This list is not exhaustive, and if you think you are interested in talking with a sex therapist, most will spend at least a short time on the phone with you to determine whether or not they are the appropriate person to be meeting with.
There is no one way of knowing when to seek professional help or support for sexual problems. The right time to do that is whenever it is right for you. If you are single and feel there are specific sexual concerns or issues that you can’t figure out on your own or work through with the support of friends or family, then trying to work with a sex therapist can be a helpful new way to approach the issues. Additionally people find the confidentiality offered by a sex therapist a more comfortable environment to approach these issues. If you are in a relationship the decision about when to see a sex therapist might be a bit more complicated. Does your partner also feel that seeing a sex therapist is a positive step in resolving sexual issues or concerns? Are you planning on going together, or are you interested in going on your own? An ethical sex therapist will suggest having an initial consultation, and if they feel that sex therapy isn’t going to be helpful they will, or should, let you know. Sex therapy isn’t necessarily for crisis management (although it might do that as well) and even if there are parts of your sexual relationship you are happy with, if you feel that you could benefit from some support, education, information, or counselling from a professional who is trained in the area of human sexuality, then exploring sex therapy as an option is perfectly reasonable.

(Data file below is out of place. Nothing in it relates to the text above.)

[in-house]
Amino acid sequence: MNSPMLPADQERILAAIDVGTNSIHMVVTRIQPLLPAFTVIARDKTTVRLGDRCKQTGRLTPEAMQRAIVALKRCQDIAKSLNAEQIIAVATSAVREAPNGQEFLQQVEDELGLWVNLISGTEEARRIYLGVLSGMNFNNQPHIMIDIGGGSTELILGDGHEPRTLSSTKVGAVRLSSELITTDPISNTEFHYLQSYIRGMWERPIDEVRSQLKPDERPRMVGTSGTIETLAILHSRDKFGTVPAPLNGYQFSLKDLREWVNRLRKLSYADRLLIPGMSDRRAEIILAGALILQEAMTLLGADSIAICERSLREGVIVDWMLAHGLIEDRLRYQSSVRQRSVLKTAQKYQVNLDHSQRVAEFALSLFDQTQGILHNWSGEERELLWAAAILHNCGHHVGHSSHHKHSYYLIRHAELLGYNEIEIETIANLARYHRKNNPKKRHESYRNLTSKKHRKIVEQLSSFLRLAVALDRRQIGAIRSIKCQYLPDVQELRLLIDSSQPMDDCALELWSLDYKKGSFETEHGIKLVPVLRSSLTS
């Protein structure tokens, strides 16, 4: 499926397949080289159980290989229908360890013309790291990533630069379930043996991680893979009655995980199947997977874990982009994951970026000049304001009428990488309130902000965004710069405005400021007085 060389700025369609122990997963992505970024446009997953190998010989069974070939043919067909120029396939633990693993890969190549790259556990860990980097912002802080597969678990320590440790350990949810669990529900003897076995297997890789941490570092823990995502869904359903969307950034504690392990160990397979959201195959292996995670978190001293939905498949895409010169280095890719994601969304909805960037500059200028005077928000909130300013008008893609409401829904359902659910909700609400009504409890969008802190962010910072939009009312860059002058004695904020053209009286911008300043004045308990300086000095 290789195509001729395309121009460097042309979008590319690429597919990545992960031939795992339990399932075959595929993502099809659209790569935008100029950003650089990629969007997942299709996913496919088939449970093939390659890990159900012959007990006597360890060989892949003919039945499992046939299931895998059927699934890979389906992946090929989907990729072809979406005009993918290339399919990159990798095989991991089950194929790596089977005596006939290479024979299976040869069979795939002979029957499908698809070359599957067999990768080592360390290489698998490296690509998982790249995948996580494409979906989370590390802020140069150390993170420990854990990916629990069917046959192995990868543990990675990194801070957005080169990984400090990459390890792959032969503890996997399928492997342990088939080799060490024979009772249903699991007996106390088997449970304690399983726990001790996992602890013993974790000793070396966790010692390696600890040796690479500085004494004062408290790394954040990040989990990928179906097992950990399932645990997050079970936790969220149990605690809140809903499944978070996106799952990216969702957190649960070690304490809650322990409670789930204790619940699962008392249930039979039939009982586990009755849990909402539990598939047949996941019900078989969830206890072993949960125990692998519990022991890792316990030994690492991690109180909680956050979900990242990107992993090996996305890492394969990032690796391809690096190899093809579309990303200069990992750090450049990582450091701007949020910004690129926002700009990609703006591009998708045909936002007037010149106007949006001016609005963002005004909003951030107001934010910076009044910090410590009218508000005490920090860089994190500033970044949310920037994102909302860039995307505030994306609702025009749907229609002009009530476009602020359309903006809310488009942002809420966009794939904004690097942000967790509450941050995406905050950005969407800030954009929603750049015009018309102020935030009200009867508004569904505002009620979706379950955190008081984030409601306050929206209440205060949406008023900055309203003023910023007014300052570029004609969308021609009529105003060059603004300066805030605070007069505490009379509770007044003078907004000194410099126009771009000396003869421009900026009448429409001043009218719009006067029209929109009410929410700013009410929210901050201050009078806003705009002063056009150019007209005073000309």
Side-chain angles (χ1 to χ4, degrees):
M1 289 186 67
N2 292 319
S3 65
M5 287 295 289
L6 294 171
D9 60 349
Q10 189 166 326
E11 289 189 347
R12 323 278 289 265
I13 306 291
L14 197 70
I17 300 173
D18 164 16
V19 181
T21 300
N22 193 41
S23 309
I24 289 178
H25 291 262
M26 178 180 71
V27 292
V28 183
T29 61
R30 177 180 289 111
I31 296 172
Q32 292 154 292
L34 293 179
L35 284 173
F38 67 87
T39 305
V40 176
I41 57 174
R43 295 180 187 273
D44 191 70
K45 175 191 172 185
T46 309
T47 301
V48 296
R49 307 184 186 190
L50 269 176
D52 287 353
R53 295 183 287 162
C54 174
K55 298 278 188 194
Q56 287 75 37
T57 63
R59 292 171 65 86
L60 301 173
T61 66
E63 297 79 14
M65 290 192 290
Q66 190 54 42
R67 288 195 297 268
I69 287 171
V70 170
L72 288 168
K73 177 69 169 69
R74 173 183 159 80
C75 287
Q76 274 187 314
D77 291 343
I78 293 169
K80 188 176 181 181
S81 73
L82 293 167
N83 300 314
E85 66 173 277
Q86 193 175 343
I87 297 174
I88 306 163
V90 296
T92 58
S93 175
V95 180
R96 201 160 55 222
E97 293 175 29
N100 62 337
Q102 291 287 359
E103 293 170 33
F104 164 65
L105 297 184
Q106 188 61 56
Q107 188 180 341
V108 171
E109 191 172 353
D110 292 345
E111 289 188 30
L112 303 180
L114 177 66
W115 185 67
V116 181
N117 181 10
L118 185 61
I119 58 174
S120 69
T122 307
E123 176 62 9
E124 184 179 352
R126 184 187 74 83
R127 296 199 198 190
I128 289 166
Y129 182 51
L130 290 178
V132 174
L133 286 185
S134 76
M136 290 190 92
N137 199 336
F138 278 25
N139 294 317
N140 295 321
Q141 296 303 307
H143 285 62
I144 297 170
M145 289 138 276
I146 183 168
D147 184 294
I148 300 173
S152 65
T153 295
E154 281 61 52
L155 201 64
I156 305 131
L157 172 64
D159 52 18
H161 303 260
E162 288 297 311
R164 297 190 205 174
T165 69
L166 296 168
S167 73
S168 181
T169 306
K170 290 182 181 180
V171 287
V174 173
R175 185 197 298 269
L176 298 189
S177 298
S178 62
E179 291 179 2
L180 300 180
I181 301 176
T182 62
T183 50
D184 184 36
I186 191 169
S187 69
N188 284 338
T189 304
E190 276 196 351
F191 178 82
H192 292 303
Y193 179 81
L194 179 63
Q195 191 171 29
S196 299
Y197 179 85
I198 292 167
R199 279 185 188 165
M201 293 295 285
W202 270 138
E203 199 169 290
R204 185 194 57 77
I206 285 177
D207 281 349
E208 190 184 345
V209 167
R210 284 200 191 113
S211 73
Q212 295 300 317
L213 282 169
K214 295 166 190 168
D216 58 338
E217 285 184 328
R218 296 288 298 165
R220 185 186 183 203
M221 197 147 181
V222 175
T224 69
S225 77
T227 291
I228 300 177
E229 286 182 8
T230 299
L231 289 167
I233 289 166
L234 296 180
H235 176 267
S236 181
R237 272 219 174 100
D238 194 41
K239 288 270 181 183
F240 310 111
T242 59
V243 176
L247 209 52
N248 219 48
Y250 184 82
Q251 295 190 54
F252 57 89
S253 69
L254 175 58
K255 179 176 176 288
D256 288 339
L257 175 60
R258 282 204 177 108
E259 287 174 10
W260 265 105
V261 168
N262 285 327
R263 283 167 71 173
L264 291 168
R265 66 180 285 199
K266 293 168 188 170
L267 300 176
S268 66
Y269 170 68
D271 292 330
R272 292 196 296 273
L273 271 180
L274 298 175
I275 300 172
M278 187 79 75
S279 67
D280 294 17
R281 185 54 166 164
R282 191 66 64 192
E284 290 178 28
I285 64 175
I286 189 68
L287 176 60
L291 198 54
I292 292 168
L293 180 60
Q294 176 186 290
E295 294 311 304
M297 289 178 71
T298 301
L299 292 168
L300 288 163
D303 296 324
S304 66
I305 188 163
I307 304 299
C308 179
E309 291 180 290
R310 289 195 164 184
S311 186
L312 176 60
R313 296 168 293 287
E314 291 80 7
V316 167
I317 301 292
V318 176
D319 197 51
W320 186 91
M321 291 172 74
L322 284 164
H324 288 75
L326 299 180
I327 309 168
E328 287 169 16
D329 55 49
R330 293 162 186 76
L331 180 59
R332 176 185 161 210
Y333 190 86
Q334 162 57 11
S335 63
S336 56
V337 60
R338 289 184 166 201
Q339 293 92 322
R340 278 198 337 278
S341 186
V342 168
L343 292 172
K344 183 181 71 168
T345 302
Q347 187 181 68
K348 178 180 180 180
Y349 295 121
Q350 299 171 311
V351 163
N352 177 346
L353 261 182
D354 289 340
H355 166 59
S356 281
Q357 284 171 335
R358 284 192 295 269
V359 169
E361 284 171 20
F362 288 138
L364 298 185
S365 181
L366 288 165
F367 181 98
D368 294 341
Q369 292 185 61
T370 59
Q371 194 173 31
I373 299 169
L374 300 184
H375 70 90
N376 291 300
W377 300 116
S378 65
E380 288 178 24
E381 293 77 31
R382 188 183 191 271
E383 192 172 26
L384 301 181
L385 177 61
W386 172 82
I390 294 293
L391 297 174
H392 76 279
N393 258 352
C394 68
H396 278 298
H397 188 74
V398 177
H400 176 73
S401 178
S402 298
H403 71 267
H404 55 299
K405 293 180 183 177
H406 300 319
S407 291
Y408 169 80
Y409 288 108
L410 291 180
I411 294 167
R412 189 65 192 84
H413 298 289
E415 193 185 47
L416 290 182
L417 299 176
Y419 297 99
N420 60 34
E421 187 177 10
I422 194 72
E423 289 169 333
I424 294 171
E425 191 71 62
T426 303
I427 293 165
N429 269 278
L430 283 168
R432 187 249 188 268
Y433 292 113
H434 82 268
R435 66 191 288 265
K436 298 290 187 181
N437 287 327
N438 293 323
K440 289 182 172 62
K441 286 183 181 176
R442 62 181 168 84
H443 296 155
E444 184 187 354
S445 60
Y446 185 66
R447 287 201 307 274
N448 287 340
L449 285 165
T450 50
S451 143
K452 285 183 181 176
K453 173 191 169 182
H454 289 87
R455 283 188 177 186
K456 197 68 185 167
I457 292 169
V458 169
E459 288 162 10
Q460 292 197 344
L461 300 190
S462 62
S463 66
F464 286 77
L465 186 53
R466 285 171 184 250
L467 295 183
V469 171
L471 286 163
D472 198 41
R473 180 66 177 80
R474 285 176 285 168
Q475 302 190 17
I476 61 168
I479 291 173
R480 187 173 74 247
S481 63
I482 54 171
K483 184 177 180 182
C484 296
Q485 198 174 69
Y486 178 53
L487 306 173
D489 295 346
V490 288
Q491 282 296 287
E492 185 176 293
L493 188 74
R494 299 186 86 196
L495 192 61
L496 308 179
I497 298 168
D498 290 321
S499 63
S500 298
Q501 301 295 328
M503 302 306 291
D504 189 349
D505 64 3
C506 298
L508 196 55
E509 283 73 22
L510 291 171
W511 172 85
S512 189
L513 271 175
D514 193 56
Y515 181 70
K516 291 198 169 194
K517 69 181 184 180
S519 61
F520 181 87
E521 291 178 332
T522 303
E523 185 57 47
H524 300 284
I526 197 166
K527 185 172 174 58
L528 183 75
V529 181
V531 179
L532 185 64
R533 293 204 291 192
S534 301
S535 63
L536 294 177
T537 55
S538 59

If a couple is interested in sex therapy they will probably have to go to therapy together. But if you are the one interested in therapy, and you would prefer to have an initial session on your own, there is nothing wrong with starting the process this way. Depending on where the therapy goes, you may or may not bring in your partner at a later time.
We don’t share information from or about you, unless we think that someone is at risk of serious harm. In this instance, we would seek to discuss it with you first.